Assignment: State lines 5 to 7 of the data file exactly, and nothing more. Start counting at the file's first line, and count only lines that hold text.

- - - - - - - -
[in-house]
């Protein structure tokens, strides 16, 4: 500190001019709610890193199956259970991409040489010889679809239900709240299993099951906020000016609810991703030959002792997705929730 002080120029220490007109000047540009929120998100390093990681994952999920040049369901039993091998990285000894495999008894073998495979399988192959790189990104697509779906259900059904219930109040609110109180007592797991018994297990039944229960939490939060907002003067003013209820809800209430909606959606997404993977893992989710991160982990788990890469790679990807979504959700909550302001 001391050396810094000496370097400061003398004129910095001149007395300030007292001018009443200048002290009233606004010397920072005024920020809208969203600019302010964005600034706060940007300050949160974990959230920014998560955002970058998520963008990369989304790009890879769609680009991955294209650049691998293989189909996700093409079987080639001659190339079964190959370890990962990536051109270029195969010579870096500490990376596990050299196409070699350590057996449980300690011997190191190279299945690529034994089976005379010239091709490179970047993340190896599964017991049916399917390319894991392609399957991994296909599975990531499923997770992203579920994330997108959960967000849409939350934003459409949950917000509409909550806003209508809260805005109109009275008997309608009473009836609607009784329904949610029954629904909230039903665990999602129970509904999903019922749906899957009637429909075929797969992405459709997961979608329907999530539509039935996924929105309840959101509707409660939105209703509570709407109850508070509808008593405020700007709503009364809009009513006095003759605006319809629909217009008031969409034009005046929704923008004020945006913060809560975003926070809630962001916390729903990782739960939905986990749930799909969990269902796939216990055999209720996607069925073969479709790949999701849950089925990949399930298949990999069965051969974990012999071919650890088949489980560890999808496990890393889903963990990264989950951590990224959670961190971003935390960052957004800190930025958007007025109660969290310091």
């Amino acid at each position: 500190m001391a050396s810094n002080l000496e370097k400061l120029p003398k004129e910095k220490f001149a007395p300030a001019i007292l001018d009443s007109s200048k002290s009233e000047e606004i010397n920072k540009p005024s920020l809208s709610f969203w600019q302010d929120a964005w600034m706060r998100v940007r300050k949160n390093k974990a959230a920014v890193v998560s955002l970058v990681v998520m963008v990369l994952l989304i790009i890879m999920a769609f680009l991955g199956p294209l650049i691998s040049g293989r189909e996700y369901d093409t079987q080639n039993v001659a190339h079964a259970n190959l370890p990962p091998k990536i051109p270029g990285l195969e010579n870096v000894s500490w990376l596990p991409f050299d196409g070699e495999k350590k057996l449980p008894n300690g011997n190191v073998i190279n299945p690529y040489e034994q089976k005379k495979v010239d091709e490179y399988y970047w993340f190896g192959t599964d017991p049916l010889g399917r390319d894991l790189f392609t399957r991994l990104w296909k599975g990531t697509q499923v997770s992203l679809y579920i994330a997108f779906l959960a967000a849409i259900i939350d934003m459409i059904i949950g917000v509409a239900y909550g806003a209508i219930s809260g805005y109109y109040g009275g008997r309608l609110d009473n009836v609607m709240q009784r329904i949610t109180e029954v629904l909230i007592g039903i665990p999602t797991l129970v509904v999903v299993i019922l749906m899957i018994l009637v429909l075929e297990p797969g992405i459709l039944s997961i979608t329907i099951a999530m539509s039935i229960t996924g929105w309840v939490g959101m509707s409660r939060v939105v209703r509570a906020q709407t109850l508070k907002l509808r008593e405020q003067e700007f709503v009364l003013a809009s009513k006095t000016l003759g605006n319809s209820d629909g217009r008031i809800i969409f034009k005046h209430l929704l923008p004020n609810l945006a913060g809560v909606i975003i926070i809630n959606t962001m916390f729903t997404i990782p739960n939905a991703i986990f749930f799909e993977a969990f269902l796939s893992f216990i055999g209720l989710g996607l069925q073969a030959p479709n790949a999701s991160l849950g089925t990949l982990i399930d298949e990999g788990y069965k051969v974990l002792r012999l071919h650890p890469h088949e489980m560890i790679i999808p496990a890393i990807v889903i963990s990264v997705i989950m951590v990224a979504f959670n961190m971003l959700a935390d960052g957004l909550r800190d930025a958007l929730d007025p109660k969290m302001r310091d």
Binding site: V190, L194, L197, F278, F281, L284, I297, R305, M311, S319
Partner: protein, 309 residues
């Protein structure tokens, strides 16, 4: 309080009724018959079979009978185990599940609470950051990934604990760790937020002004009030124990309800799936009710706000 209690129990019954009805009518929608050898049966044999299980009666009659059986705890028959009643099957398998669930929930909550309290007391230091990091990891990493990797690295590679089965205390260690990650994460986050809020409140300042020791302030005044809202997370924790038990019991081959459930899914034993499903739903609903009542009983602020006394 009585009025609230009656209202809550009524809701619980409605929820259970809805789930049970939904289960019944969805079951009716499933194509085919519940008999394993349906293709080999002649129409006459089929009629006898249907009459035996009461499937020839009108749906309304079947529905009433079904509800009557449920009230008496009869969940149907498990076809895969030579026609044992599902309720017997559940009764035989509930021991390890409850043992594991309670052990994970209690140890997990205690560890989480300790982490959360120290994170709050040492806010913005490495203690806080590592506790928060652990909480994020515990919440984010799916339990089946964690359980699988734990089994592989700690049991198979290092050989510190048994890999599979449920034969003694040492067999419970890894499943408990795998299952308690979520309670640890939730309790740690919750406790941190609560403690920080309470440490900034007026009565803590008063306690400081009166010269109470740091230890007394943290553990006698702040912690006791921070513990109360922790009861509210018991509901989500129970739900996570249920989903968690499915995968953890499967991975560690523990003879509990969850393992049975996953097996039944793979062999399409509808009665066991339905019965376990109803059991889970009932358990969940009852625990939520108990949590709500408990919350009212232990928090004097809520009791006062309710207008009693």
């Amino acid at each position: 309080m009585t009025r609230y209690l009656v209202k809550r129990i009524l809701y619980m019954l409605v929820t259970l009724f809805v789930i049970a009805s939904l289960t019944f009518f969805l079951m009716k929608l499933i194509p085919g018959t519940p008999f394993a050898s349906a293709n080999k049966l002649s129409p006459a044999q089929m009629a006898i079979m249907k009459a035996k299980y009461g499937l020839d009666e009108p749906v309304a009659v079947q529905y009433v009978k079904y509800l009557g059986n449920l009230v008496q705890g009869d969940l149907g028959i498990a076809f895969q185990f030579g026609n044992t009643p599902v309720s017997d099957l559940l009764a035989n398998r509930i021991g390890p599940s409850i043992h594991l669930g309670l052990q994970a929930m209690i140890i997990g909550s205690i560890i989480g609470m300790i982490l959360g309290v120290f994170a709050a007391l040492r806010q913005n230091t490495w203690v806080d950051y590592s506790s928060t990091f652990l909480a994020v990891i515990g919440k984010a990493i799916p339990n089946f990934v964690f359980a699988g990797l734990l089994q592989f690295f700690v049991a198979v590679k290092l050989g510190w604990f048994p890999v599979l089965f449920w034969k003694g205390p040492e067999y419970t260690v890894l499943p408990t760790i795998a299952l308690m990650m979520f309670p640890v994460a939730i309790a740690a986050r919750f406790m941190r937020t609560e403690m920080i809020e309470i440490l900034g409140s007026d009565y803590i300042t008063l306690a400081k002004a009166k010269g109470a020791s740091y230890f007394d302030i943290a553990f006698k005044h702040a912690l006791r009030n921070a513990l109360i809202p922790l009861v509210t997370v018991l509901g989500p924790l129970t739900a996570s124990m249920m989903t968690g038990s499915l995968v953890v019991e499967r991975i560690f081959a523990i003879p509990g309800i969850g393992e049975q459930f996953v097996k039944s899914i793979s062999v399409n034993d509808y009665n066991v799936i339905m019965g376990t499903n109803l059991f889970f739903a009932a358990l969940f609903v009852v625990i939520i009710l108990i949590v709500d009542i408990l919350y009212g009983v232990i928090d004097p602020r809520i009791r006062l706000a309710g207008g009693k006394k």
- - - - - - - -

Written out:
Partner: protein, 309 residues
């Protein structure tokens, strides 16, 4: 309080009724018959079979009978185990599940609470950051990934604990760790937020002004009030124990309800799936009710706000 209690129990019954009805009518929608050898049966044999299980009666009659059986705890028959009643099957398998669930929930909550309290007391230091990091990891990493990797690295590679089965205390260690990650994460986050809020409140300042020791302030005044809202997370924790038990019991081959459930899914034993499903739903609903009542009983602020006394 009585009025609230009656209202809550009524809701619980409605929820259970809805789930049970939904289960019944969805079951009716499933194509085919519940008999394993349906293709080999002649129409006459089929009629006898249907009459035996009461499937020839009108749906309304079947529905009433079904509800009557449920009230008496009869969940149907498990076809895969030579026609044992599902309720017997559940009764035989509930021991390890409850043992594991309670052990994970209690140890997990205690560890989480300790982490959360120290994170709050040492806010913005490495203690806080590592506790928060652990909480994020515990919440984010799916339990089946964690359980699988734990089994592989700690049991198979290092050989510190048994890999599979449920034969003694040492067999419970890894499943408990795998299952308690979520309670640890939730309790740690919750406790941190609560403690920080309470440490900034007026009565803590008063306690400081009166010269109470740091230890007394943290553990006698702040912690006791921070513990109360922790009861509210018991509901989500129970739900996570249920989903968690499915995968953890499967991975560690523990003879509990969850393992049975996953097996039944793979062999399409509808009665066991339905019965376990109803059991889970009932358990969940009852625990939520108990949590709500408990919350009212232990928090004097809520009791006062309710207008009693």
């Amino acid at each position: 309080m009585t009025r609230y209690l009656v209202k809550r129990i009524l809701y619980m019954l409605v929820t259970l009724f809805v789930i049970a009805s939904l289960t019944f009518f969805l079951m009716k929608l499933i194509p085919g018959t519940p008999f394993a050898s349906a293709n080999k049966l002649s129409p006459a044999q089929m009629a006898i079979m249907k009459a035996k299980y009461g499937l020839d009666e009108p749906v309304a009659v079947q529905y009433v009978k079904y509800l009557g059986n449920l009230v008496q705890g009869d969940l149907g028959i498990a076809f895969q185990f030579g026609n044992t009643p599902v309720s017997d099957l559940l009764a035989n398998r509930i021991g390890p599940s409850i043992h594991l669930g309670l052990q994970a929930m209690i140890i997990g909550s205690i560890i989480g609470m300790i982490l959360g309290v120290f994170a709050a007391l040492r806010q913005n230091t490495w203690v806080d950051y590592s506790s928060t990091f652990l909480a994020v990891i515990g919440k984010a990493i799916p339990n089946f990934v964690f359980a699988g990797l734990l089994q592989f690295f700690v049991a198979v590679k290092l050989g510190w604990f048994p890999v599979l089965f449920w034969k003694g205390p040492e067999y419970t260690v890894l499943p408990t760790i795998a299952l308690m990650m979520f309670p640890v994460a939730i309790a740690a986050r919750f406790m941190r937020t609560e403690m920080i809020e309470i440490l900034g409140s007026d009565y803590i300042t008063l306690a400081k002004a009166k010269g109470a020791s740091y230890f007394d302030i943290a553990f006698k005044h702040a912690l006791r009030n921070a513990l109360i809202p922790l009861v509210t997370v018991l509901g989500p924790l129970t739900a996570s124990m249920m989903t968690g038990s499915l995968v953890v019991e499967r991975i560690f081959a523990i003879p509990g309800i969850g393992e049975q459930f996953v097996k039944s899914i793979s062999v399409n034993d509808y009665n066991v799936i339905m019965g376990t499903n109803l059991f889970f739903a009932a358990l969940f609903v009852v625990i939520i009710l108990i949590v709500d009542i408990l919350y009212g009983v232990i928090d004097p602020r809520i009791r006062l706000a309710g207008g009693k006394k």